Hearing impaired struggle to communicate with facemasks
The Resident City Commissioner of Kampala, Ms Farida Mayanja (left), shows a woman how to wear a mask in Makindye Division, Kampala last year. PHOTO / DAVID LUBOWA
In June last year, Uganda commenced the distribution of more than 300,000 facemasks to communities, especially those most at risk and those who could not afford to buy their own as a measure to curb the spread of Covid-19.
However, persons with hearing impairment were not considered during the designing of the facemasks.
Since the masks cover the mouth and nose and limit facial expressions, they were not helpful to those with hearing impairment because they have to remove them while communicating in sign language.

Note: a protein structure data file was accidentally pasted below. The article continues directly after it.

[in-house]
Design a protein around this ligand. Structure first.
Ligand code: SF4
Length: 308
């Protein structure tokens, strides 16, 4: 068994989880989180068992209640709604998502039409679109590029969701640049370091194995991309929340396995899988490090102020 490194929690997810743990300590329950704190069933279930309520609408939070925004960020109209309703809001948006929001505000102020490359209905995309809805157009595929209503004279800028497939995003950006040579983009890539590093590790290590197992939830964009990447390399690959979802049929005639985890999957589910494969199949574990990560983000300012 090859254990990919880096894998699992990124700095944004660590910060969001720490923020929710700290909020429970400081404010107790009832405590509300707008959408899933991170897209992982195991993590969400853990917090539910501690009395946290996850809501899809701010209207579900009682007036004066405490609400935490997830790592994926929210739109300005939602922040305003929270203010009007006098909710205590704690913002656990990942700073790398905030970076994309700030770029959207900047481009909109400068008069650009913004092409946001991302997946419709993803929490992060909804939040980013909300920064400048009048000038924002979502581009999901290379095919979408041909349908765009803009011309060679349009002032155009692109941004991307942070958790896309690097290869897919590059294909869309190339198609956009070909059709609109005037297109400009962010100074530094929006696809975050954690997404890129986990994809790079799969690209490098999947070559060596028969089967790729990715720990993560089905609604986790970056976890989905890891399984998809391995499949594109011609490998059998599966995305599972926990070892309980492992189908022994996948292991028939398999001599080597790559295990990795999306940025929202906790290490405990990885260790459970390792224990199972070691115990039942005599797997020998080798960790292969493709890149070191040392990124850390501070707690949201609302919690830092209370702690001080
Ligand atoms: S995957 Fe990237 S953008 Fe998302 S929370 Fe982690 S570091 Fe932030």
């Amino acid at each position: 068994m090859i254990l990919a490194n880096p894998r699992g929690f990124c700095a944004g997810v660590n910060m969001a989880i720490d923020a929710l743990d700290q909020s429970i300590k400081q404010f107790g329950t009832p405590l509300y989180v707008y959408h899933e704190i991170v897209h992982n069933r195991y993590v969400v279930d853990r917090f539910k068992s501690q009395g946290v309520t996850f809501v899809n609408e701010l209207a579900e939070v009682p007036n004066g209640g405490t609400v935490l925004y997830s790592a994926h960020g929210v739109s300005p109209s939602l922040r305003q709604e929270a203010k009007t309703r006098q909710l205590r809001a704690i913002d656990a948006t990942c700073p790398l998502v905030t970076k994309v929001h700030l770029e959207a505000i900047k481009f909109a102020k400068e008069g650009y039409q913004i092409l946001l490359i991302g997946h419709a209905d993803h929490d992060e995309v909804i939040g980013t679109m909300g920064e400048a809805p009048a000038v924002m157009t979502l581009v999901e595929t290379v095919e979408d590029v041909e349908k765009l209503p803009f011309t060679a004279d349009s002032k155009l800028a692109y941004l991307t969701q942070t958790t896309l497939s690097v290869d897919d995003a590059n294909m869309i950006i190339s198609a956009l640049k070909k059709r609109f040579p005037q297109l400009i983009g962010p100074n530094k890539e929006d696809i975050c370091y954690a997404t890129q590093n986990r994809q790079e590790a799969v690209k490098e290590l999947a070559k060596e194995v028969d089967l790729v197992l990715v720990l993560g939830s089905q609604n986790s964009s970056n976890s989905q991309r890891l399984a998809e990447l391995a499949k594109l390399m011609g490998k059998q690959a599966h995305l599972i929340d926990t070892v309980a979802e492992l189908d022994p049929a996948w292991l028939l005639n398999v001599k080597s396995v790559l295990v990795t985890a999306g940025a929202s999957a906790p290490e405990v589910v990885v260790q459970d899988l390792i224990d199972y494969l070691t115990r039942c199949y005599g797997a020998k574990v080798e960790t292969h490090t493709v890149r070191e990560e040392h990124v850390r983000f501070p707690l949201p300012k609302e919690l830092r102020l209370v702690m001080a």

Uganda has more than four million people with hearing impairment, according to the 2016 National Housing and Population Census.
About 100,000 of those have access to the Internet and use video chat platforms to communicate, a recent survey by Uganda National Association of the Deaf (UNAD) in Kiwanga, Wakiso District, indicates.
Innovators consider this as a virgin area to enable planning and development of transparent facemasks and shields that can enable persons with hearing impairment communicate and remain safe from Covid-19.
Whereas scientists recommend vaccination to reduce chances of severe disease, protection using facemasks as one of the standard operating procedures (SOPs) remains a challenge for persons with hearing impairment.
When one is vaccinated, they still have to wear a mask to reduce the risks of exposure to droplets of the virus from an infected person.
More than 5 per cent of the world’s 7 billion population – or 430 million people – require rehabilitation to address their ‘disabling’ hearing loss (432 million adults and 34 million children).
It is estimated that by 2050, more than 700 million people – or one in every 10 people – will have disabling hearing loss.